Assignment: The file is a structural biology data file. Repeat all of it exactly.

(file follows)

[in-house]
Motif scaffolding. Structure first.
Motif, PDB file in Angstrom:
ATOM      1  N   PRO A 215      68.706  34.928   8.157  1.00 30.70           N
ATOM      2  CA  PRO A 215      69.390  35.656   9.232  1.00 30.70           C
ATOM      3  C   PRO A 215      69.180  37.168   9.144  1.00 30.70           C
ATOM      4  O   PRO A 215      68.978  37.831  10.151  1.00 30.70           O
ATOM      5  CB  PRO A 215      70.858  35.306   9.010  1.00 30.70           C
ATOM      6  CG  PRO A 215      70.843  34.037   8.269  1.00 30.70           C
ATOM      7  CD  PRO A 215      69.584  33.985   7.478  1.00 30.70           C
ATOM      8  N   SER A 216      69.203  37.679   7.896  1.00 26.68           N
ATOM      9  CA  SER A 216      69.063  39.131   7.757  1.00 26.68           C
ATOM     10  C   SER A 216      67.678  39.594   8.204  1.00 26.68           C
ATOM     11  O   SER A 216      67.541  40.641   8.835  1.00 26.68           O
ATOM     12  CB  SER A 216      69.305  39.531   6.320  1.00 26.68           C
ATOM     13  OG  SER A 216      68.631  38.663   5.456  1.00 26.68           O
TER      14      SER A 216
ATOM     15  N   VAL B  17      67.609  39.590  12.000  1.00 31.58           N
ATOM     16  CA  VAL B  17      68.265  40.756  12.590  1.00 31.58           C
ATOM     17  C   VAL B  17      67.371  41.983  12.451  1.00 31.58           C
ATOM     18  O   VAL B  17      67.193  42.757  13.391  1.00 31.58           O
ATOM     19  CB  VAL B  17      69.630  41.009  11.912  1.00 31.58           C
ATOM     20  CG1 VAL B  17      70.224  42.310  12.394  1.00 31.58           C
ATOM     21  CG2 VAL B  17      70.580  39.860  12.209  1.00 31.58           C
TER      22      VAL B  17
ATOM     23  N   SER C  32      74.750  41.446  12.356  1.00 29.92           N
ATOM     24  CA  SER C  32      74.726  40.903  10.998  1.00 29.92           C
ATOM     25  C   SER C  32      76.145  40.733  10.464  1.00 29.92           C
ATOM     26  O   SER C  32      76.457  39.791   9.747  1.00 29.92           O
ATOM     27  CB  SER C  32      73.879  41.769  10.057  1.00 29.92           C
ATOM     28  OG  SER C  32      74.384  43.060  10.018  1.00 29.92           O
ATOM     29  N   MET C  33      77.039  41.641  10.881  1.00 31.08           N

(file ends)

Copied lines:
[in-house]
Motif scaffolding. Structure first.
Motif, PDB file in Angstrom:
ATOM      1  N   PRO A 215      68.706  34.928   8.157  1.00 30.70           N
ATOM      2  CA  PRO A 215      69.390  35.656   9.232  1.00 30.70           C
ATOM      3  C   PRO A 215      69.180  37.168   9.144  1.00 30.70           C
ATOM      4  O   PRO A 215      68.978  37.831  10.151  1.00 30.70           O
ATOM      5  CB  PRO A 215      70.858  35.306   9.010  1.00 30.70           C
ATOM      6  CG  PRO A 215      70.843  34.037   8.269  1.00 30.70           C
ATOM      7  CD  PRO A 215      69.584  33.985   7.478  1.00 30.70           C
ATOM      8  N   SER A 216      69.203  37.679   7.896  1.00 26.68           N
ATOM      9  CA  SER A 216      69.063  39.131   7.757  1.00 26.68           C
ATOM     10  C   SER A 216      67.678  39.594   8.204  1.00 26.68           C
ATOM     11  O   SER A 216      67.541  40.641   8.835  1.00 26.68           O
ATOM     12  CB  SER A 216      69.305  39.531   6.320  1.00 26.68           C
ATOM     13  OG  SER A 216      68.631  38.663   5.456  1.00 26.68           O
TER      14      SER A 216
ATOM     15  N   VAL B  17      67.609  39.590  12.000  1.00 31.58           N
ATOM     16  CA  VAL B  17      68.265  40.756  12.590  1.00 31.58           C
ATOM     17  C   VAL B  17      67.371  41.983  12.451  1.00 31.58           C
ATOM     18  O   VAL B  17      67.193  42.757  13.391  1.00 31.58           O
ATOM     19  CB  VAL B  17      69.630  41.009  11.912  1.00 31.58           C
ATOM     20  CG1 VAL B  17      70.224  42.310  12.394  1.00 31.58           C
ATOM     21  CG2 VAL B  17      70.580  39.860  12.209  1.00 31.58           C
TER      22      VAL B  17
ATOM     23  N   SER C  32      74.750  41.446  12.356  1.00 29.92           N
ATOM     24  CA  SER C  32      74.726  40.903  10.998  1.00 29.92           C
ATOM     25  C   SER C  32      76.145  40.733  10.464  1.00 29.92           C
ATOM     26  O   SER C  32      76.457  39.791   9.747  1.00 29.92           O
ATOM     27  CB  SER C  32      73.879  41.769  10.057  1.00 29.92           C
ATOM     28  OG  SER C  32      74.384  43.060  10.018  1.00 29.92           O
ATOM     29  N   MET C  33      77.039  41.641  10.881  1.00 31.08           N